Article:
Russians to develop Falcon 9-like rocket

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The competition heats up: The Russian government has apparently given the go-ahead to the development of a Falcon 9-like modular rocket, original dubbed Soyuz 5 but now called Fenix (Phoenix).

The images at the link show it to be similar in concept to Falcon 9, with its first stage used as a component to produce multiple configurations. With one first stage it would resemble Falcon 9. In its Falcon Heavy configuration it would use three first stages strapped together. Moreover, the article notes that development would begin as expendable, but shift towards re-usability during operation, like Falcon 9. And it does appear that reducing cost is its main driver, since it will involve the development of only one engine and the reuse of it in every stage, like Falcon 9,

If all goes as outlined in the plan (don’t bet on it), the rocket would be operational by 2025, which is the one difference with Falcon 9. SpaceX got its rocket designed and launched in about five years. The Russian governmental system is going to take ten years to do the same..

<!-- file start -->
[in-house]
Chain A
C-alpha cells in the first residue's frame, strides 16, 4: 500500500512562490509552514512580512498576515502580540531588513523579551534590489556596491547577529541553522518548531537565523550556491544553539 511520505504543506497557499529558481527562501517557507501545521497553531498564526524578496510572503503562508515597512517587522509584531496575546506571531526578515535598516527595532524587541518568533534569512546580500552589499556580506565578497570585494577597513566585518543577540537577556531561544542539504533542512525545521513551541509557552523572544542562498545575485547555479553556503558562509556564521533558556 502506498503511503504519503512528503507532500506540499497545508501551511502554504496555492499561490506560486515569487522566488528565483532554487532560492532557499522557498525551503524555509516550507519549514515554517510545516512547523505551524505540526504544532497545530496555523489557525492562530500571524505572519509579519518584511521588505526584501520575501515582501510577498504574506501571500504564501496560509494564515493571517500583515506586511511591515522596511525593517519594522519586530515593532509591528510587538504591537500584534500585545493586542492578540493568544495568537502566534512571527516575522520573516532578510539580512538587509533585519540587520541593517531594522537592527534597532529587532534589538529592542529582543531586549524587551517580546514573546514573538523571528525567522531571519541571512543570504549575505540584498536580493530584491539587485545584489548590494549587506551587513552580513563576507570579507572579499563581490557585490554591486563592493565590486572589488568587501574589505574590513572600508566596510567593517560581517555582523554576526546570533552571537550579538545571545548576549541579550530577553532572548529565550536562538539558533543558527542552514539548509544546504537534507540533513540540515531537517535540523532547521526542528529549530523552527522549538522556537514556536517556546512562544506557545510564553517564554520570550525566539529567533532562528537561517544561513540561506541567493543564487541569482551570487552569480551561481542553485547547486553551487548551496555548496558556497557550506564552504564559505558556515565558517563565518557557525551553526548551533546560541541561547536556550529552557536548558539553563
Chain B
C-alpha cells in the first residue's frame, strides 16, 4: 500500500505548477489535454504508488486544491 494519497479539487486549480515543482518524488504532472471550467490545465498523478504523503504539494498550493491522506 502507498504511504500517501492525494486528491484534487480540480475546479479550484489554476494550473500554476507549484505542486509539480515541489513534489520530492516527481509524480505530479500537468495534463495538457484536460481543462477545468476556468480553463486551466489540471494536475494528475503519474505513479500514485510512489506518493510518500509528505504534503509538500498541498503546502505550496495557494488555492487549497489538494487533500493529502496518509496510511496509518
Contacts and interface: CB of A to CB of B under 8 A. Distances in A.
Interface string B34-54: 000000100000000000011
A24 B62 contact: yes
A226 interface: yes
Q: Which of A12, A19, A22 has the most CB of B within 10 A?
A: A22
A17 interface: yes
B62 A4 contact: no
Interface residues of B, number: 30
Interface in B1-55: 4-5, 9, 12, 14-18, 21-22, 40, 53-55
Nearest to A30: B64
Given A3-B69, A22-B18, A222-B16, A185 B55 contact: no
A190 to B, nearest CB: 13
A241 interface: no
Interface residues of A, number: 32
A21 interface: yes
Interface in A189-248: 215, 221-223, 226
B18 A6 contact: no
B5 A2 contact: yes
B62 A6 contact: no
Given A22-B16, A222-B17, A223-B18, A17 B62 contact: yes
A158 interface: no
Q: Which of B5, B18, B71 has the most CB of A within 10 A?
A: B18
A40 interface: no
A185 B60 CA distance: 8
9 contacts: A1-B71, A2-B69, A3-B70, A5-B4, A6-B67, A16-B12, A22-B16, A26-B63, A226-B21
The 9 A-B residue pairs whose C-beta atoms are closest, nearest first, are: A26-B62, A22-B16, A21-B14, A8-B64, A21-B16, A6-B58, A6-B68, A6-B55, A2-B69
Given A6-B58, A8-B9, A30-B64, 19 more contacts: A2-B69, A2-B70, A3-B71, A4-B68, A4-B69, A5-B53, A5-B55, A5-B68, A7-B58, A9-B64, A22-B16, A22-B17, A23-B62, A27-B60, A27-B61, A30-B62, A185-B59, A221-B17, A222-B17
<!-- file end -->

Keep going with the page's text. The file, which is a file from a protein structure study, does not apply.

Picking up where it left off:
The article is a detailed explanation of the rocket mentioned by Deputy Prime Minister Dmitri Rogozin during his confusing television briefing on December 30. The irony here is that, while this rocket might be able to compete with the Falcon 9 of 2016, when it becomes operational in 2025 who knows what will be considered competitive.



  • geoffc

    How is this different than Angara? One basic core module, reused, etc… More false starts…

    Yay! Methane instead of Kerosene. And missing the key feature of the Falcon 9. A smaller engine clustered for engine out, commonality in stages, and the ability to land with the lower thrust.

    Best of luck to them, this seems like a wasted opportunity.

  • Wodun

    A product that’s price isn’t determined strictly on it own merits but government subsidies, can compete at whatever level of loss the government in question is comfortable with. Alternatively, it could even turn a profit but not one large enough to allow the company to expand or innovate.

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